For the casual diner, the biggest worry when ordering salmon is whether to drink red wine or white.
For winegrower and conservation advocate Phil Coturri, that’s the least of his concerns.
“The way I look at it, everything I do in the vineyards feeds into San Francisco Bay,” said the 63-year-old vineyard manager. “As a kid growing up in Sonoma Valley, the steelhead would come up a lot of the creeks (that) they’re no longer coming up.
“I want to see them return.”
His life-long commitment to healthy agricultural practices has earned him recognition from the Golden Gate Salmon Association (GGSA), which will have its third annual Sonoma dinner on Friday, March 11 at Ramekins Event Center.
“Phil Coturri is well known for his organic and bio-dynamic winegrowing practices and, thusly, for his water-conservation practices,” said Victor Gonella, founder and treasurer of GGSA. “Conserving and wise water policies are needed to keep the iconic salmon and the salmon industry strong, along with California’s water dependent economy. Mr. Coturri understands this.”
But the celebration comes even as prospects for a healthy salmon run in Delta waters remain dim for 2016. “Central Valley fisheries are currently in a depressed state due to bad spawning and rearing conditions,” said John McManus, executive director of the GGSA. While he’s hopeful the commercial salmon season won’t be closed altogether, as it was in 2008 and 2009, he anticipates both commercial and sport ocean salmon fishing “will have restrictions stronger than last year’s.”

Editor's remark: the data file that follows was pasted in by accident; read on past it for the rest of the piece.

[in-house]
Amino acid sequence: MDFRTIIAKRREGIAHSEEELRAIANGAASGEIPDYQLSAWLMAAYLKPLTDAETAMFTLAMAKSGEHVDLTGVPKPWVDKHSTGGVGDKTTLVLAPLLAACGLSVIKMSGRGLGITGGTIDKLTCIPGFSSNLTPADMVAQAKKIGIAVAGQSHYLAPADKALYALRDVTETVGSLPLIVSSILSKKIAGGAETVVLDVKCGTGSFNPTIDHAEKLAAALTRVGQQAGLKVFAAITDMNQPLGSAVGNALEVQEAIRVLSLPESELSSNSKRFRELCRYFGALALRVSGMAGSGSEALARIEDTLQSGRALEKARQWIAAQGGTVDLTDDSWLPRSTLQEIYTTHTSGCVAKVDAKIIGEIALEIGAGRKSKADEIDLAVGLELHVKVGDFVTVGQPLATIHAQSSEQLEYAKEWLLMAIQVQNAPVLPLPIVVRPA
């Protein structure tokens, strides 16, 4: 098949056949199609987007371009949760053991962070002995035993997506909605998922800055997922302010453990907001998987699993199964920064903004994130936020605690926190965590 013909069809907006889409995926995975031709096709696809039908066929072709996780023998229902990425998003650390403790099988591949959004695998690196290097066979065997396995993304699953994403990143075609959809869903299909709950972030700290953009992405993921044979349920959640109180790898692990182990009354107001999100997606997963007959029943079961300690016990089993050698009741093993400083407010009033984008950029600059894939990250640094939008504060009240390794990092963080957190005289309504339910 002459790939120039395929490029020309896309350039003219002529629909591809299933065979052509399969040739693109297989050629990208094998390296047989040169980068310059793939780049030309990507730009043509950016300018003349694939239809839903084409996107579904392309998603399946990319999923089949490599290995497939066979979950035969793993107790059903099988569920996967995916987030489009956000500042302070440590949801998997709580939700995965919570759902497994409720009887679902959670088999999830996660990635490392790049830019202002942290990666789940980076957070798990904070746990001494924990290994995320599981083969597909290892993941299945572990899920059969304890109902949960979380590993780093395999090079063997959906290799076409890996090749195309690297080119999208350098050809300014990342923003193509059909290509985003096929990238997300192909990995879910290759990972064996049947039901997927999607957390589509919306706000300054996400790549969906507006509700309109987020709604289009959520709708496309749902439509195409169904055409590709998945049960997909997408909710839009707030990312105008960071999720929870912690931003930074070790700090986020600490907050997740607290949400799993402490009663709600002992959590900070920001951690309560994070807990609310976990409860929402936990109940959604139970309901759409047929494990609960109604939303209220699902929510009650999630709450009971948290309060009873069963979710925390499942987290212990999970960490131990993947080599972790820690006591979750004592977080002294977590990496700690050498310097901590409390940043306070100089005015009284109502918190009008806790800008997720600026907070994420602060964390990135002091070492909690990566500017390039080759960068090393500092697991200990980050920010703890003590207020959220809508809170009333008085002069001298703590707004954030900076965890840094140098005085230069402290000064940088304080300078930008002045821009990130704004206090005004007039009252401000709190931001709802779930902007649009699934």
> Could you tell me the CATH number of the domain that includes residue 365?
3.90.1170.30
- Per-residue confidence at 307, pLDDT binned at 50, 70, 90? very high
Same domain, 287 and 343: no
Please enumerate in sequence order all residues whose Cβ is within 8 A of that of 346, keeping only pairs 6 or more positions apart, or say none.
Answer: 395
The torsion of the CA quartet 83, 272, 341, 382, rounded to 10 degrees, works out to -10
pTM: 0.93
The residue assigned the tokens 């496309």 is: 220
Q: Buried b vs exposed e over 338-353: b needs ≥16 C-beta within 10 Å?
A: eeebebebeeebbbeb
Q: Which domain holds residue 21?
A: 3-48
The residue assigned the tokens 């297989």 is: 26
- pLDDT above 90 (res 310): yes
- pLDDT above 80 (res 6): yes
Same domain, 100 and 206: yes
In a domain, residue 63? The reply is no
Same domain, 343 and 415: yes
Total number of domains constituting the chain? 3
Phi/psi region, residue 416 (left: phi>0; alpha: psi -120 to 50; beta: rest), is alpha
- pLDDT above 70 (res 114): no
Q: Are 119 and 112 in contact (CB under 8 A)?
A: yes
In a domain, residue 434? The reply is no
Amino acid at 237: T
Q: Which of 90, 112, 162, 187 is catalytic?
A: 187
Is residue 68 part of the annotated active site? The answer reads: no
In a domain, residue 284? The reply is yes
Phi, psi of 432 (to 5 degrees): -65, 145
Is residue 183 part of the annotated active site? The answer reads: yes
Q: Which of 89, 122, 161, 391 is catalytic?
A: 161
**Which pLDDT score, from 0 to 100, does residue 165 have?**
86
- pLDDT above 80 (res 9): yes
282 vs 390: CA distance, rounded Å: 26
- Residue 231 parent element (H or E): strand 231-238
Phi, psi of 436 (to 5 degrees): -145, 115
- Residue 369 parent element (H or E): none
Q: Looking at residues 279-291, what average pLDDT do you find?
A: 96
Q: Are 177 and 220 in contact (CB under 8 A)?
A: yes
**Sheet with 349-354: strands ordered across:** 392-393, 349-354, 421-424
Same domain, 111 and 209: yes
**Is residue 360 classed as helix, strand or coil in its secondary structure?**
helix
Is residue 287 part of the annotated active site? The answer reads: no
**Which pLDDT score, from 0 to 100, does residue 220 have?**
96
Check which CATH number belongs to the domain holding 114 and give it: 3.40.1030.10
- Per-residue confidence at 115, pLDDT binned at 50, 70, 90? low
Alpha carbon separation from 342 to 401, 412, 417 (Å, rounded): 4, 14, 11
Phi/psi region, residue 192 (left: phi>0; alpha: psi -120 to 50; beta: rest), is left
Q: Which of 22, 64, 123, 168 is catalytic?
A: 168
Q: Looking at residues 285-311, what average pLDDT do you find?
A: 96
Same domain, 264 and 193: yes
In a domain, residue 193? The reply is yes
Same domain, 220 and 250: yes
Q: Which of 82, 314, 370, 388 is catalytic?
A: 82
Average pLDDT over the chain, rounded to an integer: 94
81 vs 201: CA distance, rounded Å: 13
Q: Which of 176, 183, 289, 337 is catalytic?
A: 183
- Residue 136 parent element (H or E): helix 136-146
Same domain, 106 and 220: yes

McManus claimed the “only reason there’s hope for an ocean salmon fishing season this year is because of GGSA’s work,” which included trucking baby hatchery salmon to safe release sites in the Delta and Bay in 2014. These are largely the fish expected to be caught as adult salmon in the ocean this year, he said.
Among the 800 acres that Coturri manages, in both Napa and Sonoma counties, many are hillside vineyards that, while they may be miles from the Bay, are still part of the same ecosystem. Coturri recognizes the connection between vineyards and salmon in his agricultural work.
“I call it fish-friendly farming,” said Coturri. This means water management, erosion control, no chemical fertilizers or pesticides in his vineyards and other steps.
Coturri even sees an identity with what he does and what a fisherman does. “We can’t isolate farming from the fish – I look at a commercial salmon fisherman, he’s farming the ocean. He has the same responsibility with the ocean as I do with the vineyards that I grow.”
Coturri’s no newcomer to trendy sustainable farming techniques – he’s been using organic bio-dynamic methods for nearly 40 years in his business, Enterprise Vineyard Management.
His vineyards are well-represented in Sonoma – Pangloss, Lasseter, Robert Kamen, Richard Arrowood's Amapola Creek, Repris and other premium Sonoma labels have used the services of Enterprise Vineyard Management since it was established in 1979. He also partners with his two sons Max and Sam in Sixteen 600 Wines, which will be featured at the March 11 dinner.
The GGSA event is a fundraiser with admission by advance sales at $150, with sponsor packages and reserved VIP tables available to raise funds for GGSA and its salmon restoration projects. There will be also be silent and open auctions along with cocktails, hors d’oeuvres, and dinner, and the chance to tell fish stories.